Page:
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La Rochelle's history begins in the 10th century, when the city was founded. Located in the middle of France's west coast along the Atlantic ocean, La Rochelle has always been known as a port town. Early on, it exported wine and salt. The city grew immensely and was the largest port along the Atlantic coastline until the 15th century. La Rochelle was unique in that it was governed by local municipal magistrates instead of feudal lords, and resisted authority from outside rulers, most notably King Louis XIII.
This rebellious nature worked against the city when it was laid siege by Cardinal Armand Jean Richelieu in 1627. The city was blockaded for 14 months and the inhabitants were driven to starvation and finally forced to cede authority to the King.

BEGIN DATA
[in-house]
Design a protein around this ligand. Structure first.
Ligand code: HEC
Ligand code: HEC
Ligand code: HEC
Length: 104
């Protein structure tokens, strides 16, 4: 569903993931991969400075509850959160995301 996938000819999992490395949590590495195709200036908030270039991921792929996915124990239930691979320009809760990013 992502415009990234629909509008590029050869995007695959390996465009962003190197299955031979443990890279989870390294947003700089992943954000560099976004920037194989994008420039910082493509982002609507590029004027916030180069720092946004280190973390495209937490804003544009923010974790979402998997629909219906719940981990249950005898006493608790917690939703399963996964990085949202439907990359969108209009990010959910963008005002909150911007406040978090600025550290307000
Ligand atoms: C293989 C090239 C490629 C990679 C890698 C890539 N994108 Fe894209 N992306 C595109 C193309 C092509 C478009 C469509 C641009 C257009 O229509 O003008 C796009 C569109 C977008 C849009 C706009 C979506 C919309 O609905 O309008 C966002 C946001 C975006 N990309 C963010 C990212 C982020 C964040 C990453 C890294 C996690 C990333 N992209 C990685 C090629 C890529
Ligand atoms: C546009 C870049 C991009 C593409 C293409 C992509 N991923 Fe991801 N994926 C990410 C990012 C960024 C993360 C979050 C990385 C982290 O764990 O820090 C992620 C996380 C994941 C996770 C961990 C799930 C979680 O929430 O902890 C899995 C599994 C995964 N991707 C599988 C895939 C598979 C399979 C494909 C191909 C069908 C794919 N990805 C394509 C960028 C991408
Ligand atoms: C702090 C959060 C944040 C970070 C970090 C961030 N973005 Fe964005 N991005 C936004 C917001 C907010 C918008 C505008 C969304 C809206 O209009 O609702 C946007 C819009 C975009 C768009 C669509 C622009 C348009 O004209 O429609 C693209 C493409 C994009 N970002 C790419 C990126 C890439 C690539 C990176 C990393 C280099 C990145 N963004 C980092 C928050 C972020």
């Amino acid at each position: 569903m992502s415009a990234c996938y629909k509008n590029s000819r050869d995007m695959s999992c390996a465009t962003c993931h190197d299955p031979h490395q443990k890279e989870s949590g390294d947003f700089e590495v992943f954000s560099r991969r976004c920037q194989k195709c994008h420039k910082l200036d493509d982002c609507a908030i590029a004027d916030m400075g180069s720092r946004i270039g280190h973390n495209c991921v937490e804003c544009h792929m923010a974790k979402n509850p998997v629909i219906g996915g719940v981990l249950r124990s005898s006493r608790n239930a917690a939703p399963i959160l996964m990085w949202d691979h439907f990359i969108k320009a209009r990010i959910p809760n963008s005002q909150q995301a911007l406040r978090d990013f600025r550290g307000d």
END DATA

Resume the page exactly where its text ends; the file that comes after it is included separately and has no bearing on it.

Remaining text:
By the 18th century, after a period of being out of favor with the ruling powers, the city was again a booming port town. A trade route with the Americas was established, and the city dealt in sugar, furs and slaves. The end of French colonial rule towards the beginning of the 18th century diminished La Rochelle's importance.
During World War II the city was home to a German naval base, and the city was the last French city to be freed at the end of that war. Today, the ocean still plays a major role in the city's character, as fishing, yachting, tourism and ocean research are all major industries for La Rochelle.